pylint 1.4 reports E1101(no-member) on all C extensions

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Question :

pylint 1.4 reports E1101(no-member) on all C extensions

We’ve been long-time fans of pylint. Its static analysis has become a critical part of all our python projects and has saved tons of time chasing obscure bugs. But after upgrading from 1.3 -> 1.4, almost all compiled c extensions result in E1101(no-member) errors.

Projects that previously run perfectly clean through pylint 1.3 now complain about almost every C extension member with E1101. We’ve been forced to disable E1101 errors, but this materially detracts from the usefulness of pylint.

For example, this perfectly valid use of the lxml package

r"""valid.py: demonstrate pylint 1.4 error"""
from lxml import etree
print etree.Element('mydoc')

Run this through pylint, and it reports:

$ pylint -rn valid.py
No config file found, using default configuration
************* Module valid
E:  3, 6: Module 'lxml.etree' has no 'Element' member (no-member)

But it is perfectly valid:

$ python valid.py
<Element mydoc at 7fddf67b1ba8>

Here’s where it gets really weird. A very small handful of C extensions seem to work just fine through pylint, e.g.:

r"""valid2.py: this one works fine"""
import sqlite3
print sqlite3.version

$ pylint -rn valid2.py
No config file found, using default configuration

My question is, has anyone else witnessed this? And if so, would you be willing to share your workaround/solution?

We’ve experimented with trying to create plugins to suppress these warnings
(http://docs.pylint.org/plugins.html#enter-plugin), but we’re having difficulty making heads or tails of the docs — and the astroid base class is uber-complex and has defied our attempts to grok it.

For real bonus points (and our eternal gratitude) we’d love to understand what changed in pylint. We’d be happy to fix the code (or at least publish a best practice document for C extension authors) that would satisfy pylint.

Platform details

$ pylint --version
No config file found, using default configuration
pylint 1.4.0,
astroid 1.3.2, common 0.63.2
Python 2.7.5 (default, Jul  1 2013, 18:09:11)
[GCC 4.4.7 20120313 (Red Hat 4.4.7-3)]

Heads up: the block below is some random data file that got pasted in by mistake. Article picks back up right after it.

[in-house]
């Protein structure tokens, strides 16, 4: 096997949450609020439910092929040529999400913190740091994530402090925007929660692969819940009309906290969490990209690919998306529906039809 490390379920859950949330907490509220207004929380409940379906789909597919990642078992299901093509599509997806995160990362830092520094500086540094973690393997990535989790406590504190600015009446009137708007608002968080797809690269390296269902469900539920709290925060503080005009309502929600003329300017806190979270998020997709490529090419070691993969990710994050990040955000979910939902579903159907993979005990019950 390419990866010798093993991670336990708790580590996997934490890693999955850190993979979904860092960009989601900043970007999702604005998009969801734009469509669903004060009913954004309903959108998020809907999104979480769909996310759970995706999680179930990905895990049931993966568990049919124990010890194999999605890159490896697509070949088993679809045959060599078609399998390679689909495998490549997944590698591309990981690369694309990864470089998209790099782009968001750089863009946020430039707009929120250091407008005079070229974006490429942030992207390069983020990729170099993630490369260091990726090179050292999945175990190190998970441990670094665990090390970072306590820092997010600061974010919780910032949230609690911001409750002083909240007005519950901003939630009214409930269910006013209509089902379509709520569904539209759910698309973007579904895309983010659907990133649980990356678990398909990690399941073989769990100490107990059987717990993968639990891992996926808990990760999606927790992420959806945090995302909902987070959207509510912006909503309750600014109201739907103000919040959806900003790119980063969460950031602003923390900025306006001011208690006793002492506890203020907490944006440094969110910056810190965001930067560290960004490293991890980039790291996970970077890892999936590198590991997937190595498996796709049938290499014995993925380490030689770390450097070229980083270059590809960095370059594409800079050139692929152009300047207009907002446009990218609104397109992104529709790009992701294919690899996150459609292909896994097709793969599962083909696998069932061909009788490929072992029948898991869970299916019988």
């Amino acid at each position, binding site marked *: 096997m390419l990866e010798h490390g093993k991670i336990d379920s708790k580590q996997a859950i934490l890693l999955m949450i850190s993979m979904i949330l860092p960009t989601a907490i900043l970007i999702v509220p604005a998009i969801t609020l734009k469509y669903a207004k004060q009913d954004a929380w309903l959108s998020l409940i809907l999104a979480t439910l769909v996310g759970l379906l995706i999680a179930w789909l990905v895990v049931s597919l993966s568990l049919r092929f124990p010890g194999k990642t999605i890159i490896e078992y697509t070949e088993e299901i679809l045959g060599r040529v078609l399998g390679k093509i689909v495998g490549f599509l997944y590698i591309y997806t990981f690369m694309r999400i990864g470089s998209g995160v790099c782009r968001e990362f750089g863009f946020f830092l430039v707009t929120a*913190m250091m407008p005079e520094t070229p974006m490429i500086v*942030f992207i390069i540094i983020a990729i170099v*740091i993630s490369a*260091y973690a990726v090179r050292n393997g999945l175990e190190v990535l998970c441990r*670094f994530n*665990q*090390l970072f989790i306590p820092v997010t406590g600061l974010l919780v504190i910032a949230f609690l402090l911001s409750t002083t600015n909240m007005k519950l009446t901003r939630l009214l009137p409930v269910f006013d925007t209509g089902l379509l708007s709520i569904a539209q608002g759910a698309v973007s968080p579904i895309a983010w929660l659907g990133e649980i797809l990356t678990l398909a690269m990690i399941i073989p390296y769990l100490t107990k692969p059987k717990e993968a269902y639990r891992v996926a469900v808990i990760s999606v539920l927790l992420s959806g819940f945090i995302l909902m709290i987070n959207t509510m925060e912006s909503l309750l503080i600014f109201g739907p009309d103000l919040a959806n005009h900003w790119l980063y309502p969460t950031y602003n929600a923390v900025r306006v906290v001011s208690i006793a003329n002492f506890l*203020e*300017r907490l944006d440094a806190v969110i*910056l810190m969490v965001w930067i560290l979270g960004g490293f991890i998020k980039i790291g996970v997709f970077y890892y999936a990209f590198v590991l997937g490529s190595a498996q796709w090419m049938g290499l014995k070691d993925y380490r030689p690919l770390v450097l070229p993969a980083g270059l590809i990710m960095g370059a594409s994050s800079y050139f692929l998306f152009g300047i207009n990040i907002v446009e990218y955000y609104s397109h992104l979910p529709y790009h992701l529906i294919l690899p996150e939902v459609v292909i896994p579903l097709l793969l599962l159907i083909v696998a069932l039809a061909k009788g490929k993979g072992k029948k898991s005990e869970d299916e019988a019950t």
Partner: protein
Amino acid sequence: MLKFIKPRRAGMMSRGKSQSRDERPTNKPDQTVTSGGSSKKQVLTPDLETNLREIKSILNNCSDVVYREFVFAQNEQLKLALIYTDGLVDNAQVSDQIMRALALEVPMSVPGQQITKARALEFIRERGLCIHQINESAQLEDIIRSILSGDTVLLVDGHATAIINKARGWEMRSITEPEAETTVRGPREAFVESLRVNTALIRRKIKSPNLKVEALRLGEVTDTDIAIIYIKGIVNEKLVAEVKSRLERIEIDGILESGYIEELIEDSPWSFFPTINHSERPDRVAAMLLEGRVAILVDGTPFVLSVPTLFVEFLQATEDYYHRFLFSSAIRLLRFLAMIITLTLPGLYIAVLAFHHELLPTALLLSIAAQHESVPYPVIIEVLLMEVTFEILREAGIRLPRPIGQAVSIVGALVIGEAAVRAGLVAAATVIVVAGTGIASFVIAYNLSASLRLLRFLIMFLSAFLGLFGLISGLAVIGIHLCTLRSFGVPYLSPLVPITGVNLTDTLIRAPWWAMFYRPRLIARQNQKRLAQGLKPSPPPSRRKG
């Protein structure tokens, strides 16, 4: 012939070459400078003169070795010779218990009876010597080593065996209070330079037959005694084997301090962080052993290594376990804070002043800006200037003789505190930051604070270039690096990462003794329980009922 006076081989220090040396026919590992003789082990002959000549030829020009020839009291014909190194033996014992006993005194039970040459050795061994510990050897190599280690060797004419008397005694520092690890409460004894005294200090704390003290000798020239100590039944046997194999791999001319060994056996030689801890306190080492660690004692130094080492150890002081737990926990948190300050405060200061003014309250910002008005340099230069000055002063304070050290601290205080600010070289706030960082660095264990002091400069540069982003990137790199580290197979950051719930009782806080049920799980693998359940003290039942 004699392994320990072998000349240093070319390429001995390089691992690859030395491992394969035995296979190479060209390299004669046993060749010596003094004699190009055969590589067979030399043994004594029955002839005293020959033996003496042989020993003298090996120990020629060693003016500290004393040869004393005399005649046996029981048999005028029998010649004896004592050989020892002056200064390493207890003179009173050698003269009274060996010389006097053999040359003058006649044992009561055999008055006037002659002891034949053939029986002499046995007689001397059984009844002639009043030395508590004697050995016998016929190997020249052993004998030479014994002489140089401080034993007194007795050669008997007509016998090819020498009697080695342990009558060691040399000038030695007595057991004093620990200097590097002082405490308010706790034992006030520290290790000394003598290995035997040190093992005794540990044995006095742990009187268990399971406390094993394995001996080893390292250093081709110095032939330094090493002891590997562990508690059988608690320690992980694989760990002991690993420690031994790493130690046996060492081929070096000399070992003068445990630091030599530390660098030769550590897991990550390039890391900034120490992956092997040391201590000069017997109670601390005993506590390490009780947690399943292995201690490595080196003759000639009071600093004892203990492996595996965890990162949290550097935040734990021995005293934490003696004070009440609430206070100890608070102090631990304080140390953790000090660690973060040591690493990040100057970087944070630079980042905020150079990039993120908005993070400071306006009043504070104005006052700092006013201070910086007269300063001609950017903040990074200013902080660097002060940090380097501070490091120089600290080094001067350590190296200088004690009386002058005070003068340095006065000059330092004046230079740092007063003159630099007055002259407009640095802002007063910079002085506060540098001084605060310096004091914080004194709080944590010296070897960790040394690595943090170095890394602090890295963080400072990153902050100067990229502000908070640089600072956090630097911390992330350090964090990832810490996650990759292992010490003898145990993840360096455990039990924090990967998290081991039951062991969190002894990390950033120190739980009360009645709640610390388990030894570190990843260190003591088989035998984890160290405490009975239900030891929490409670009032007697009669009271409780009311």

Answer #1:

Shortly after posting my question, I found the answer. The change was in fact done on purpose as a security measure. Pylint imports modules to effectively identify valid methods and attributes. It was decided that importing c extensions that are not part of the python stdlib is a security risk and could introduce malicious code.

This was done in the release of Astroid 1.3.1 https://mail.python.org/pipermail/code-quality/2014-November/000394.html

Only C extensions from trusted sources (the standard library) are
loaded into the examining Python process to build an AST from the live
module.

There are four solutions if you want to use pylint on projects that import non-stdlib c extensions.

1) Disable safety using the --unsafe-load-any-extension=y command line option. This feature is undocumented and classified as a hidden option (https://mail.python.org/pipermail/code-quality/2014-November/000439.html).

2) Disable safety using the pylint.rc setting unsafe-load-any-extensions=yes. This is recommended over option 1 and includes full documentation in the default pylint.rc file (created with --generate-rcfile).

3) Specifically list packages or modules names that you trust to be loaded by pylint in the pylint.rc file using the extension-pkg-whitelist= option.

4) Create a plugin to manipulate the AST (I have no idea how to effect this — but it’s regularly discussed on on the pylint mailing list).

We opted for Option 3. We added the following line to our project pylint.rc file:

extension-pkg-whitelist=lxml
Answered By: user590028

Answer #2:

@user590028, thanks a lot for your answer! I just ran into this same problem with the libraries win32api, win32evtlog, win32file, win32gui, and win32process, and your solution worked.

I used another method I think is worth posting here, which is to call pylint and pass the whitelisted packages as a parameter:

pylint --extension-pkg-whitelist=win32api,win32evtlog,win32file,win32gui,win32process myfile.py
Answered By: twasbrillig

Answer #3:

For those of you using VS Code, it’s a bit tricky to find where to put the command as I couldn’t find my executable.

In VS Code;

  1. click on File > Preferences > Settings.
  2. Scroll down to “Python Configurations” in the left window
  3. scroll down to “Python Linting: Mypy Args” in the right window
  4. click on “Edit in settings.json” link
  5. edit the json to include:
    “–extension-pkg-whitelist=”

I had to do all this because PyLint isn’t executable from my Windows command line…

Answered By: BlakcRece

Answer #4:

If you’re using VS Code for Mac, this is what you need to do in order to edit the settings.json file:

  1. Click on Code (i.e. the Visual Studio Code tab which is on the left of the ‘File’ tab) -> Preferences – > Settings
  2. Scroll down to Extensions and click on Python in the list.
  3. Click on any of the Edit in settings.json links. This opens up settings.json for editing.
  4. Add the line "python.linting.pylintArgs": ["----extension-pkg-whitelist=1xml"].
Answered By: Fritz Lim

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